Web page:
"We intended to conduct five case studies (sugar production, steam ploughs, railways, bridges, minting) shortlisted from eleven potential case studies we had identified through a series of scoping exercises. We felt these five would provide a balanced overview of the technical, social, and business factors throughout the domestication process. Further research into the five studies, however, highlighted the richness of the archival resources for three of them (sugar production, railways and steam ploughs) and, given the limited timeframe and developmental nature of the funding, we have made these three studies the principal focus for our intended published outputs. We will, however, include the information we gathered during the scoping exercises on the other case studies where appropriate.

Characteristics of innovation

From the completed case studies and indicators of the other identified cases, we have identified key characteristics and findings of innovation during this period in relation to the broader socio-economic landscape.

We have also narrowed our focus. It became clear early on that the story of the transfer and diffusion of technology and innovation was vast, with a potentially huge chronological and geographical reach. Our work makes an original contribution by identifying the five stages of technological development (see chart below) and applying the case study technologies to it is a nuanced and complex way.

Answers to the research questions
1. What components constituted the innovation ecosystem in the mature industrial economy of nineteenth century Britain?
The innovation ecosystem was one driven by entrepreneurial activity. Companies tended to be smaller in scale, and were driven by engineering activity. There was a close link between the decision makers and the workshop. This resulted in a highly responsive setting - the expertise that was still general enough to allow a company to cover a range of mechanical contexts.

2. What was the impact of design on this economy and its wider imperial context?
The impact of design was designers had to acquire knowledge on the design problem through correspondence or infrequent visits. Detailed photographic or drawing information on settings was not readily available. This meant that designs were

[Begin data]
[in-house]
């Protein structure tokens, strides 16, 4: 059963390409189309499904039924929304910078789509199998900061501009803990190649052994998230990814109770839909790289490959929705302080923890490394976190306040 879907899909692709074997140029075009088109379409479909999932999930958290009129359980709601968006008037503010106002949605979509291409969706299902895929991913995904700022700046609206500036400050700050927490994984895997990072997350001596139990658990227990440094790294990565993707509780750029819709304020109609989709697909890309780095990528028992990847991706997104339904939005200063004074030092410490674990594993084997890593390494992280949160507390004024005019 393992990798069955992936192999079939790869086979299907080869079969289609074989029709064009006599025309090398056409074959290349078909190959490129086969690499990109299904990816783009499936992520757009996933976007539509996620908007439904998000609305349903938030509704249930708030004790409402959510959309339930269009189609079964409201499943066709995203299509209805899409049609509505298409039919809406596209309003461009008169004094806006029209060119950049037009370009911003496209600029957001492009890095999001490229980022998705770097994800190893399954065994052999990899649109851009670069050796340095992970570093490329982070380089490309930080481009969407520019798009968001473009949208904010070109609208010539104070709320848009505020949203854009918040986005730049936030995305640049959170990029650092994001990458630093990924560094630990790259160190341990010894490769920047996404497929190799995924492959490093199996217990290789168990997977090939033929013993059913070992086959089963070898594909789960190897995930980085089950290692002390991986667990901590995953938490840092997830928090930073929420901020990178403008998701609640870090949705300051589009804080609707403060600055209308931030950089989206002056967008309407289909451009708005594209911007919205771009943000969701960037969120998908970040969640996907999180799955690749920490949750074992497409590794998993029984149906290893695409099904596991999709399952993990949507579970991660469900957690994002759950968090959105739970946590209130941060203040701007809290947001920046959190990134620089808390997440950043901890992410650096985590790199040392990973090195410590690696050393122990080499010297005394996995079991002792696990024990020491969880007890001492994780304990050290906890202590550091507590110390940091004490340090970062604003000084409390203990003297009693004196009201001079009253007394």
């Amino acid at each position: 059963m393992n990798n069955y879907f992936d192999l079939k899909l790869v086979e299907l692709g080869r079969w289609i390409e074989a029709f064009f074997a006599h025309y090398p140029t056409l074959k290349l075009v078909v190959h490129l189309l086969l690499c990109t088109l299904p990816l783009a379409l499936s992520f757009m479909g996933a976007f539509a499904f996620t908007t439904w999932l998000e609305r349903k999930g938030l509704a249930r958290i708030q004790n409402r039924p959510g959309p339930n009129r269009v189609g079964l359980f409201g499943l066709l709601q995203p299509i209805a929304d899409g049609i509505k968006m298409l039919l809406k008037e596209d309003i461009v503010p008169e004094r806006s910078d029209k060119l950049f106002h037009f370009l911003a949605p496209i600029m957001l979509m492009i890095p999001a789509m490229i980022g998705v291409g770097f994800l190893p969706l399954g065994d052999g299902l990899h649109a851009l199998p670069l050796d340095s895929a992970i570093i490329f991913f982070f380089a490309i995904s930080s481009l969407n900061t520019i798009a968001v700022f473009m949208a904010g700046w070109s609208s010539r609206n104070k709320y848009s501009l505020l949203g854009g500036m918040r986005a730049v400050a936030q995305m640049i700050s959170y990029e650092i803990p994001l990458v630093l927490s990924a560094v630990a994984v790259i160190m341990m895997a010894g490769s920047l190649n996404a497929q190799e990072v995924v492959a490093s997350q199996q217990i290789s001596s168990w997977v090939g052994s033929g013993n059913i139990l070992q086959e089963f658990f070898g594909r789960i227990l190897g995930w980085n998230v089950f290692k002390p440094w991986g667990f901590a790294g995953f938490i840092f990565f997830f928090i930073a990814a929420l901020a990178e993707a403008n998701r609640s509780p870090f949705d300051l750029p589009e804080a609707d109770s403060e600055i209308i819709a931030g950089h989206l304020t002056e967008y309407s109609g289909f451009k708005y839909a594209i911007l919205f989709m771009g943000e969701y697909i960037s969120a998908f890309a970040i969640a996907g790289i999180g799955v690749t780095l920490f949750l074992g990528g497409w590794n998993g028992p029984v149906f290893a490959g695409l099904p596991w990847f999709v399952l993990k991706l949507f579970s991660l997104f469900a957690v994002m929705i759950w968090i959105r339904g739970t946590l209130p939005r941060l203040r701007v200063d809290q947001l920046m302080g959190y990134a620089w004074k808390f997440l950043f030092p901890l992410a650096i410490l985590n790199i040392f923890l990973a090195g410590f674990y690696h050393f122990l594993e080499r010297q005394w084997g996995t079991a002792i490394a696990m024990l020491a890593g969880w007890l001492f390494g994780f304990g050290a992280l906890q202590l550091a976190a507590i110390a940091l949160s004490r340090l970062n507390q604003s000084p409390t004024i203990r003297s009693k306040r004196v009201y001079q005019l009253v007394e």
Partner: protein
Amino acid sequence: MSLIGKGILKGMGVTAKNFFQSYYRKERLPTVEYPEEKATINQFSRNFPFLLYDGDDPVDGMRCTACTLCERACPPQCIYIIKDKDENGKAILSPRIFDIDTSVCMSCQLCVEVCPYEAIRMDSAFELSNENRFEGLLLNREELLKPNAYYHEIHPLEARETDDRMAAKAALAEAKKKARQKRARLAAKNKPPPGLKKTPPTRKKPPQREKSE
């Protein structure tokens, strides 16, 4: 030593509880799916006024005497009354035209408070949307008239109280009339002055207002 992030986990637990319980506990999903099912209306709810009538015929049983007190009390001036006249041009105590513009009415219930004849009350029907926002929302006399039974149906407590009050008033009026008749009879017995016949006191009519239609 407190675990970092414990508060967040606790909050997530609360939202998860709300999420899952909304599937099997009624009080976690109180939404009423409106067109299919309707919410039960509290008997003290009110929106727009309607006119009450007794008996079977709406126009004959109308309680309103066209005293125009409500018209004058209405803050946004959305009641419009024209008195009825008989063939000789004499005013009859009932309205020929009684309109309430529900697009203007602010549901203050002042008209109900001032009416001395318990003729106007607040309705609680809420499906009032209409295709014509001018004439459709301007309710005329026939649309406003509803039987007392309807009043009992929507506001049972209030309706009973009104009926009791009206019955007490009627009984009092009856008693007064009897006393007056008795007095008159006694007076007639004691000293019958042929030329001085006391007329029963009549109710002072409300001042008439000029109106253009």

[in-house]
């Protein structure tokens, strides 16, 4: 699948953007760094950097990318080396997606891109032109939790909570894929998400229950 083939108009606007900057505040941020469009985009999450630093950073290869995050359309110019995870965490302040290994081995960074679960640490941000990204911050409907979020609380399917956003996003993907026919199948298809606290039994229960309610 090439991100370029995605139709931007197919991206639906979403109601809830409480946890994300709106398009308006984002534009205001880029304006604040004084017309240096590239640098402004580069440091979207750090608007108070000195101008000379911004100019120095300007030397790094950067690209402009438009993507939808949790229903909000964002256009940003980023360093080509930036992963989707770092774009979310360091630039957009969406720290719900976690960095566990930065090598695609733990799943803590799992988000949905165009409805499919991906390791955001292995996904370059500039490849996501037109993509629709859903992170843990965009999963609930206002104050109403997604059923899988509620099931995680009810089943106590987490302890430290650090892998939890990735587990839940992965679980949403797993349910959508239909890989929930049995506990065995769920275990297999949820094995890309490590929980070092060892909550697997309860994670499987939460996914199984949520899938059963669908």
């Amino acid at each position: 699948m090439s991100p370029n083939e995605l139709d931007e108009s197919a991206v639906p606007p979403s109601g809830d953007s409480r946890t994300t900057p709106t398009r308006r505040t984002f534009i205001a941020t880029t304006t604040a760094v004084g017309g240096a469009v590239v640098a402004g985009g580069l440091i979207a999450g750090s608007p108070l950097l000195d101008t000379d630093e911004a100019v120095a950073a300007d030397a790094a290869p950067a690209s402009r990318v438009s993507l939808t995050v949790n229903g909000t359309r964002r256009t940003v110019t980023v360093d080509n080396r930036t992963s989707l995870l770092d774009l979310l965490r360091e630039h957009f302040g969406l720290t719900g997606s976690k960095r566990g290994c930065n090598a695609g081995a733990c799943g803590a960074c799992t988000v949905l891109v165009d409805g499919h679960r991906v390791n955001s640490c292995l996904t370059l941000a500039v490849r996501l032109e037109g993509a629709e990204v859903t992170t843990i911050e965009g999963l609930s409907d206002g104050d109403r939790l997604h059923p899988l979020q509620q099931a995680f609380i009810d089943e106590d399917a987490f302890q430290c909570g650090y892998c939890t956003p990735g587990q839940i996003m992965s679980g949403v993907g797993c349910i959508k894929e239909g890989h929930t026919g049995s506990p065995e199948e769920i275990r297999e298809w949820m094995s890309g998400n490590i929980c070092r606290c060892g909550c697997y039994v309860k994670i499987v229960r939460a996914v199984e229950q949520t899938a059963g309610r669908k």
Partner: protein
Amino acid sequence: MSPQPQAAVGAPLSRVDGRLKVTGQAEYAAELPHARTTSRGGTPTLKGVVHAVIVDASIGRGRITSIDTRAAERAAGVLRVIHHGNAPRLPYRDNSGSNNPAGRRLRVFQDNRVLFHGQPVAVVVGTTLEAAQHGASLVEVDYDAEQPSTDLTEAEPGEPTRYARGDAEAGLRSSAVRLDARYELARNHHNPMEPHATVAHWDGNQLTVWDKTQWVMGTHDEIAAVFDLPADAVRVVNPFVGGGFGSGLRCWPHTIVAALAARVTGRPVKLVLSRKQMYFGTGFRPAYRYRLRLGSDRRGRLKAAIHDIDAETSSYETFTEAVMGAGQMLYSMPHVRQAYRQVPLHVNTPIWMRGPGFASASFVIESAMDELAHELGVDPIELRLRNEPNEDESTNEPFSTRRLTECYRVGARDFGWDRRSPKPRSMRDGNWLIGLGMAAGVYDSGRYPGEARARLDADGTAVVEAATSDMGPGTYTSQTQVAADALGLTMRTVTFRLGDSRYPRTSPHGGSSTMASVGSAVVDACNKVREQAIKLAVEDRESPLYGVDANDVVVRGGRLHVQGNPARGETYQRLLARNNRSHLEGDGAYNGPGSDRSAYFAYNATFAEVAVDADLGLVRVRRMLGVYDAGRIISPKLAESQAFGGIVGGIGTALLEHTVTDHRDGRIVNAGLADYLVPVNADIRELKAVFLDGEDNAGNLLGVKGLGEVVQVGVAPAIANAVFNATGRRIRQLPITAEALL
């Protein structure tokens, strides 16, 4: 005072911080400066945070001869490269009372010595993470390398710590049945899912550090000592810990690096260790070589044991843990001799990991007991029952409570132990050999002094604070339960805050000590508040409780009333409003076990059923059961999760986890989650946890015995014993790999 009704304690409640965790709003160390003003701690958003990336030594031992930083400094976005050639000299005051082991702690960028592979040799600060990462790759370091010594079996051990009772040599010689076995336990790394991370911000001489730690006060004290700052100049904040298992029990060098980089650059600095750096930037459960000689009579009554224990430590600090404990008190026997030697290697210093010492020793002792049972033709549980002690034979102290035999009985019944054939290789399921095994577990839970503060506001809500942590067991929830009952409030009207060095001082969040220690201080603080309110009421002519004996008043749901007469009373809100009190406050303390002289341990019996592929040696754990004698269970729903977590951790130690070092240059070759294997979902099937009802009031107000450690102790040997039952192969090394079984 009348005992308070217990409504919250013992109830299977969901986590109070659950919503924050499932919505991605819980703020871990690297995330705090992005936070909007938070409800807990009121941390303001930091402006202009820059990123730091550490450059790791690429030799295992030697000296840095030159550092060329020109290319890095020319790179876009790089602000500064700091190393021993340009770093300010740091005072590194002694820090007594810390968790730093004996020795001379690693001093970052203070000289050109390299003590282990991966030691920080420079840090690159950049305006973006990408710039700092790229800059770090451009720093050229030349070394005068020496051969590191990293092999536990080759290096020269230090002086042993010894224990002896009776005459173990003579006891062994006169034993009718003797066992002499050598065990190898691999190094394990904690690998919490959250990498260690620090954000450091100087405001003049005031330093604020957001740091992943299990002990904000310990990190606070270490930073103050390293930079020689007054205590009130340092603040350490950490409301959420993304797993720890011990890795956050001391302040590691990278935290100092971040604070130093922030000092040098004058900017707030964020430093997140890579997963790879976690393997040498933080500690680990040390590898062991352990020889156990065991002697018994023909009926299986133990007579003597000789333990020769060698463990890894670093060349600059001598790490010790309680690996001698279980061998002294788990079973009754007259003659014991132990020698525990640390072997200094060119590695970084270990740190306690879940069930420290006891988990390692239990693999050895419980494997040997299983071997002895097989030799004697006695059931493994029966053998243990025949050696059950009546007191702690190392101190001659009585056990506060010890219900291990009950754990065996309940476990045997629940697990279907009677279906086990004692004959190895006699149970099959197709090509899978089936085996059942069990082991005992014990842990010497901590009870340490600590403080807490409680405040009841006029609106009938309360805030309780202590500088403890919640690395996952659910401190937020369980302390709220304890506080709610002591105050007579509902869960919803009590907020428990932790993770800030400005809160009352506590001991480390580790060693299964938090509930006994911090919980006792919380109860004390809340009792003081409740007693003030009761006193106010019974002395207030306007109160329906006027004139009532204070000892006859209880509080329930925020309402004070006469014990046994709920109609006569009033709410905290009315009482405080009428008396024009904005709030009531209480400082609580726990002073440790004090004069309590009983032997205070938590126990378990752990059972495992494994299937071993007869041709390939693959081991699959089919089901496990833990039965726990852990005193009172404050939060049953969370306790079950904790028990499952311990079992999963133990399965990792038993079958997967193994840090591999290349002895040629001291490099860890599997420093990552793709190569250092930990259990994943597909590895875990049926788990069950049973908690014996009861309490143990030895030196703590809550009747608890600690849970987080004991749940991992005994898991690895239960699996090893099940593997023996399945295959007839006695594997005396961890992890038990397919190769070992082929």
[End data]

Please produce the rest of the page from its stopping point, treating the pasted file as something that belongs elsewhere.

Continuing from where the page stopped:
3. How, and in what ways, were these technologies and innovations 'domesticated' by the colonised and what can this tell us about the nature of imperialism in this period?
We have not answered the question on domestication. As described above, our archival findings did not allow us to pursue this direction, and so instead, we have developed thinking on how the British Empire provided opportunities for technologies and innovations. Captive markets were met by companies who had drive and ambition. This resulted in designs that met the technical challenges posed by logistics and the environment of use, but did not necessarily consider the broader societal impact or end users. As such, our revised research question is:

How far and in what ways, were opportunities in place to allow the migration of innovation and technologies and what can this tell us about the nature of imperialism, 1850-1914?"
StatusFinished
Effective start/end date1/03/1430/11/14

Funding

  • AHRC (Arts and Humanities Research Council): £38,444.80

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Innovation
Ecosystem
Imperialism
Steam
Domestication
Railway
Product design
Exercise
Factors
Expertise
Decision maker
Resources
Business development
Funding
Pathway
Entrepreneurial activity
Transfer of technology
Industrial revolution
Creativity
Charts